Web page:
Research shows that 65% of all cases appearing before the Georgia Supreme Court are related to domestic issues, according to former Georgia Chief Justice Leah Sears. There is compelling data correlating family fragmentation and the core social issues we face in our community.
Right from the Start is committed to conducting, monitoring and promoting local and national research focused on marriage related issues.
“Nearly every major social problem has deep roots in the failure of adults to form and sustain healthy marriages. There are other causes of these social problems, of course, such as economic dislocations and the decline of civic life and social responsibility in the United States, but the disconnection of childrearing from marriage ranks high on the list of what ails our society and our communities,”
– Bill Doherty
Reviving Marriage in America
Building Prosperity in Columbus-Muscogee County. A community-wide initiative to build prosperity by reducing poverty commissioned the Fanning Institute at the University of Georgia in 2008 to conduct two pieces of research on Muscogee County: an analysis of the root causes of poverty in the county and a study of best practices to address those causes. The researchers identified six factors related to county poverty rates, one of which was marriage. Click here to read full report.
The State of the Family in Muscogee County.
Columbus State University is conducting baseline research on the attitudes and behaviors of Muscogee County residents concerning marriage and the family.
Click here to read full report.
The Taxpayer Costs of Divorce and Unwed
Childbearing: First-Ever Estimates for
the Nation and All Fifty States. A new report
quantifies that family fragmentation costs American taxpayers at least $112 billion dollars annually. These costs are due to increased taxpayer expenditures for antipoverty, criminal justice and school nutrition programs, and through lower levels of taxes paid by individuals whose adult productivity has been negatively influenced by growing up in poverty caused by family fragmentation.
Click here to read full report.
With this Ring…A Survey on Marriage in Georgia. This report provides data about Georgian's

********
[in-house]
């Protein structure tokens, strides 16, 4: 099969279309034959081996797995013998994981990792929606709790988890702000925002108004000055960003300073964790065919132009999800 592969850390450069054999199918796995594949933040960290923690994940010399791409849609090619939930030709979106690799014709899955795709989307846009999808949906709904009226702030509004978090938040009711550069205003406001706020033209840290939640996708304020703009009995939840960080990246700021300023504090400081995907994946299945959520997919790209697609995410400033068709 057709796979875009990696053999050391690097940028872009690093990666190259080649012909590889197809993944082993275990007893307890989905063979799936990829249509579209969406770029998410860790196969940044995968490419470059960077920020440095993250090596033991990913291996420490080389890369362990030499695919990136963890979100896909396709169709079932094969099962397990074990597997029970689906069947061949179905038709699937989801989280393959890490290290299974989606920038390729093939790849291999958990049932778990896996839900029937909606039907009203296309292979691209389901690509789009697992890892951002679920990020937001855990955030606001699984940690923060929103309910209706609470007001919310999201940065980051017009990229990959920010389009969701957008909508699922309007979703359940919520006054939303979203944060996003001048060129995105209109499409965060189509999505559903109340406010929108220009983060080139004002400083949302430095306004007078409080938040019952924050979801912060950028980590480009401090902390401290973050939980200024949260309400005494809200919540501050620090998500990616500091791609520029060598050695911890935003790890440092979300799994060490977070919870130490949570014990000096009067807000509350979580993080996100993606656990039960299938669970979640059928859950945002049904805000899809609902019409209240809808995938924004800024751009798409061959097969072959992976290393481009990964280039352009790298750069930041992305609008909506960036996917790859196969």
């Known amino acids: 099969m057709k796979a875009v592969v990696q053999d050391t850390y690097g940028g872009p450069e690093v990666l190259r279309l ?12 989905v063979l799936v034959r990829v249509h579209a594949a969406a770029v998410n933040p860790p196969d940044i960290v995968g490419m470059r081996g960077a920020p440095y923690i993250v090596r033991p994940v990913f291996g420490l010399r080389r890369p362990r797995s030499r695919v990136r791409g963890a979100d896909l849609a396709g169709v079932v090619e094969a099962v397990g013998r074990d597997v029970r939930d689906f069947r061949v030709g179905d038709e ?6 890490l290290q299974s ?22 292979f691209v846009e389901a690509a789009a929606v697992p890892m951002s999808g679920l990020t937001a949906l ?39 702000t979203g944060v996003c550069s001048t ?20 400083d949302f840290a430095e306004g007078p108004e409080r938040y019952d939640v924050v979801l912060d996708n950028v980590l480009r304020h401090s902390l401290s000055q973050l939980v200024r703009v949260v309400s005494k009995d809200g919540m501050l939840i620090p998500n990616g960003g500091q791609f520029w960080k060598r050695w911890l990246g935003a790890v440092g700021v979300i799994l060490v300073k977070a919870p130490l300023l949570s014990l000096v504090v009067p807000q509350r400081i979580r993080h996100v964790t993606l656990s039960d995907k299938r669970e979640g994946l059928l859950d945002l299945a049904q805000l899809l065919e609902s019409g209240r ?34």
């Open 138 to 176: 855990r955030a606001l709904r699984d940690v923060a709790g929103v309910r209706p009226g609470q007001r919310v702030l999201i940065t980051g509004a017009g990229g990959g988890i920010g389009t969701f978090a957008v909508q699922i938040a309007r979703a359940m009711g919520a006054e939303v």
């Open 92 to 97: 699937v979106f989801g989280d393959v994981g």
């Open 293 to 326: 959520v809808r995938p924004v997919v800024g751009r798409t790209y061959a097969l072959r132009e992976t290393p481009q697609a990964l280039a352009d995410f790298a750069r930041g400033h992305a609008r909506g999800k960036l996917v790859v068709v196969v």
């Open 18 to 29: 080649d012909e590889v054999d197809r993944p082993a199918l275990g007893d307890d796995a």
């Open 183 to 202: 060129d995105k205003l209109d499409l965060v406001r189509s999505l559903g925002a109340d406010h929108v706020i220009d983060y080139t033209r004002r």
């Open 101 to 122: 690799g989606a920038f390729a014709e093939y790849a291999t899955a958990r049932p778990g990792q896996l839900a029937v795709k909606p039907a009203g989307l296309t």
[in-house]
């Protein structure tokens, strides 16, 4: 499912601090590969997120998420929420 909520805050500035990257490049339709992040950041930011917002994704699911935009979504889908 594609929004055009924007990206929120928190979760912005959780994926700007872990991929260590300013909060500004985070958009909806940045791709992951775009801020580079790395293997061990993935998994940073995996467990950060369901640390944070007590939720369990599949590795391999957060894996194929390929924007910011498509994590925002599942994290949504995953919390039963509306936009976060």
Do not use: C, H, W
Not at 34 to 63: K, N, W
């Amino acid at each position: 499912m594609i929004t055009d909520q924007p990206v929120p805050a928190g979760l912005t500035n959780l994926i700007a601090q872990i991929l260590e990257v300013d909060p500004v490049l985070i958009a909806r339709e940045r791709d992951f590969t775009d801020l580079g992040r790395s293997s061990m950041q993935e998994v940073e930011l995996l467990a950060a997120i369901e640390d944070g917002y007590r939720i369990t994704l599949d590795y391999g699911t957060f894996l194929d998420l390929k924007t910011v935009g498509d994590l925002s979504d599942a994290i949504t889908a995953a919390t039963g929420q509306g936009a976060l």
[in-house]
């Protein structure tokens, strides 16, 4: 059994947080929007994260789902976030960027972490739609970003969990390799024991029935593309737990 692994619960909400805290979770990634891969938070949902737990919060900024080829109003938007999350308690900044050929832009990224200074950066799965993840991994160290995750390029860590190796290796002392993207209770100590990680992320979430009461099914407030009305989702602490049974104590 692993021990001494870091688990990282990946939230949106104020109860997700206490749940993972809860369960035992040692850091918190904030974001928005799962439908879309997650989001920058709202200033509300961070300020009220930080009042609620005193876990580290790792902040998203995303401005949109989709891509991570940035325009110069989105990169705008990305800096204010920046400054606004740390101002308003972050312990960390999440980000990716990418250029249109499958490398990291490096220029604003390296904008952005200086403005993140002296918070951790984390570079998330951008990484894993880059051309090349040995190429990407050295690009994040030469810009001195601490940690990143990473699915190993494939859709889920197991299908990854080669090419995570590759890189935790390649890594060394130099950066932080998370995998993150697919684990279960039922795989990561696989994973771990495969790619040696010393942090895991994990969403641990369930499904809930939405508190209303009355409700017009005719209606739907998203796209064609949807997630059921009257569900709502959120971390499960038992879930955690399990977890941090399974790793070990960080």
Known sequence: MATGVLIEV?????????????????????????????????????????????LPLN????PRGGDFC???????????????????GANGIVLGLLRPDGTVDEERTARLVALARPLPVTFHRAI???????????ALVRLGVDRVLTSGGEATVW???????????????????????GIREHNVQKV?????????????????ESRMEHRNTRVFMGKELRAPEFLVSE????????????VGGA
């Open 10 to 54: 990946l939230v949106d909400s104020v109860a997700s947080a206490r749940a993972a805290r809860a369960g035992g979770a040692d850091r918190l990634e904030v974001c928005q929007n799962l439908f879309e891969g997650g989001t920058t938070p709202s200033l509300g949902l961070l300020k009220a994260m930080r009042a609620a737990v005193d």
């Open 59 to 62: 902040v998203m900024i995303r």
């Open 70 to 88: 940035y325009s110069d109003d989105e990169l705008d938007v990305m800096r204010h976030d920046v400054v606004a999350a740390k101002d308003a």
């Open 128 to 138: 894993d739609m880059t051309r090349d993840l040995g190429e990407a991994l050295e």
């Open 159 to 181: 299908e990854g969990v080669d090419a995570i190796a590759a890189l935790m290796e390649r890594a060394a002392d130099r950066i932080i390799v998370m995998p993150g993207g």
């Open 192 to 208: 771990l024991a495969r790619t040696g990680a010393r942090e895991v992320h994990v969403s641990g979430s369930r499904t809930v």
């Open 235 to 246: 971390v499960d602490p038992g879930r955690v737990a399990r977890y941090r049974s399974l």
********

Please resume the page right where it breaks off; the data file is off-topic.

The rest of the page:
attitudes about marriage and the health of the institution across the state. Click here to download full report.
Marriage and Family Wellness: Corporate America's Business? A recent report by the Marriage CoMission estimates $6 billion is lost by American businesses each year due to decreased productivity. This amount is based on increased absenteeism and presenteeism (being physically present but mentally absent), decreased health, increased anxiety and stress and increased health insurance costs. For an average employee making $20/hour, the projected cost of that employee divorcing is over $ 8,000.
Click here to download full report.
Why Marriage Matters, Second Edition: Twenty-Six Conclusions from the
Sixteen of the top scholars on family life have re-issued a joint report on the importance of marriage. First released in 2002, the newly revised edition highlights five new themes in marriage-related research. Institute for American Values. Click here for ordering information.
Marriage: America's Greatest Weapon Against Child Poverty
Child poverty is an ongoing national concern, but few are aware that its principal cause is the absence of married fathers in the home. Marriage remains America’s strongest anti-poverty weapon, yet it continues to decline. As husbands disappear from the home, poverty and welfare dependence will increase, and children and parents will suffer as a result. Since marital decline drives up child poverty and welfare dependence, and since the poor aspire to healthy marriage but lack the norms, understanding, and skills to achieve it, it is reasonable for government to take active steps to strengthen marriage. Just as government discourages youth from dropping out of school, it should provide information that will help people to form and maintain healthy marriages and delay childbearing until they are married and economically stable. In particular, clarifying the severe shortcomings of the “child first, marriage later” philosophy to potential parents in lower-income communities should be a priority.
To access the entire document, click this link